End of the R.I.C.E. Age

In 1978, Gabe Mirkin coined the acronym R.I.C.E (Rest, Ice, Compression, Elevation) in his best-seller Sports Medicine Cyclistbook as a treatment for athletic injuries. Ice has even been   the standard treatment for injuries and sore muscles to relieve the pain caused by impaired tissues, and it was only further popularized by Mirkin.

Findings from recent studies however, propose the opposite. A study conducted by the American Journal of Sports Medicine, June 2013 required the athletes to exercise so intensely that they develop serious muscle injury resulting in extensive muscle soreness. Ice was use as the healing agent; it was found that, although the cooling effect delayed swelling, there was no evidence to the fact that ice compression hastened healing.

A noted study presented in the British Journal of Sports Medicine 2012 suggested that the efficacy of ice is more tepid than many might think. “Ice is commonly used after acute muscle strains, but there are no clinical studies of its effectiveness.” Another research published in the Journal of Strength and Conditioning Research in 2013 suggests that, “topical cooling or icing doesn’t improve but rather delays recovery”.

Whenever the body suffers trauma or tissue damage, the body tries to heal itself using immunity. This process is termed as inflammation. The release of the inflammatory cells, the macrophages discharges, hormones known for their Insulin-like growth (IGF-1) affect, helps promote healing in the damaged tissue. However, applying ice to the injured area prevents the body from discharging IGF-1.


Essentially, ice prevents the healing cells from entering the injured tissues by causing the blood vessels near the injury spot to shut off. It takes hours for these vessels to open up again. This deceased blood flow may result in permanent nerve damage as it causes the tissue to die.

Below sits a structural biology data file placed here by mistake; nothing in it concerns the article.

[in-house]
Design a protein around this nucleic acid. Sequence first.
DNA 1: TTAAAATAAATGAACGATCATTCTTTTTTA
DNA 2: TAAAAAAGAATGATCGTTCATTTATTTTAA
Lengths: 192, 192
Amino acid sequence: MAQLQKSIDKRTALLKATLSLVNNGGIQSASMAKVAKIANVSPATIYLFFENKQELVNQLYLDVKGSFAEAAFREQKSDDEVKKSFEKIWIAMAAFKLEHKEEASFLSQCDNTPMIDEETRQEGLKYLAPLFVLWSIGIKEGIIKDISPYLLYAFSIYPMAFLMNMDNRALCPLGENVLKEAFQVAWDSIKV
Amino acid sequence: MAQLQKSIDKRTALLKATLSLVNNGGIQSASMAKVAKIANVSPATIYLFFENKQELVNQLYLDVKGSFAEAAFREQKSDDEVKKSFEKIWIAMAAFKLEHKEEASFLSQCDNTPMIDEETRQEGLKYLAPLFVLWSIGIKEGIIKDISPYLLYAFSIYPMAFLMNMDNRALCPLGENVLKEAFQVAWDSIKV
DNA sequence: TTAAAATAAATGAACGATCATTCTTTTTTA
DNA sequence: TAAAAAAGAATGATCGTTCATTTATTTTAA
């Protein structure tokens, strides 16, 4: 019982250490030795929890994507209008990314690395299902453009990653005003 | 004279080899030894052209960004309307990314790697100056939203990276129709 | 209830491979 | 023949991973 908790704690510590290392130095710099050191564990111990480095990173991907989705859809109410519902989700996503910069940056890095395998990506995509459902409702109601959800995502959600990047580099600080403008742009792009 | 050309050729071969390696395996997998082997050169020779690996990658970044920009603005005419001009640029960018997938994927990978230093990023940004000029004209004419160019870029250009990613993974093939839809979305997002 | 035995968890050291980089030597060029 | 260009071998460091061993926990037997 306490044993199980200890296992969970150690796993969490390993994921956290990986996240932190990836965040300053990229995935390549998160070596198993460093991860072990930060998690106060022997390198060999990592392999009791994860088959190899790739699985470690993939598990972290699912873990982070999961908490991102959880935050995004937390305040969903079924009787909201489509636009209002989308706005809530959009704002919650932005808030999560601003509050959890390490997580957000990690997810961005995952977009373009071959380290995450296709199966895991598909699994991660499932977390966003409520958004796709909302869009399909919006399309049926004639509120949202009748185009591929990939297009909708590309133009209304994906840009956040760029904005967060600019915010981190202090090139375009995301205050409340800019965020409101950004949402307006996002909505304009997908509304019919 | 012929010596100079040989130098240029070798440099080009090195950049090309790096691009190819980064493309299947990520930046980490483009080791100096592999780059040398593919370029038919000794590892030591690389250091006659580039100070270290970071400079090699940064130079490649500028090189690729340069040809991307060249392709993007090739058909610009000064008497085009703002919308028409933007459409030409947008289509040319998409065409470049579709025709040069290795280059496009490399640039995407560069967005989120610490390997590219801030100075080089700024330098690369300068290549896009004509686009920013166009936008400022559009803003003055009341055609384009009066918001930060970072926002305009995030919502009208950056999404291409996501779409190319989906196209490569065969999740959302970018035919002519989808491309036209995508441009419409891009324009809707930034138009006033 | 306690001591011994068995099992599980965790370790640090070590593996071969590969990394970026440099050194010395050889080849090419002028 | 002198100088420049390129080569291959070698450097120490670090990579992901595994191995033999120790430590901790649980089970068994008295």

The same research also suggested that anything that reduced inflammation delayed the healing process. This means that healing can be delayed by all pain-relieving medicines, immune suppressants, cortisone-type drugs, and cold packs or ice application.

Ice treatment also led to a reduction in the speed, strength and endurance level of the injured athletes. Although the cooling decreased the overwhelming pain, at the same time, it interfered with the strength, coordination and speed of the individual. After using cooling compression for 20 minutes, a sudden decrease in the performance of the athletes was reported. Athletes required a short re-warming period to regain their agility-based strength, speed and coordination.

Once after all the researches came into light, Gabe Mirkin apologized for giving rise to the misconception and made the following recommendations:

  • Stop exercising immediately if your have been injured.
  • If the pain persists and you are unable to move, seek emergency attention.
  • Elevate the injured part to minimize swelling.
  • Determine that no bones have been broken and ensure movement will not cause further damage.
  • Apply compression bandage if the injury is limited to soft tissue or muscle


Acupuncture on the other hand, is a much viable option for sports recovery and injuries, with proven effectiveness. Many renowned athletes and sportsmen such as Tony Richardson, NFL quarterback Matt Hasselbeck, Olympic high-jumper Amy Acuff, all use acupuncture to alleviate pain and sore muscles.

For more information and consultation on sports medicine, injury recovery, and acupuncture, come and visit me. I am an acupuncturist working in Denver who specializes in sports medicine.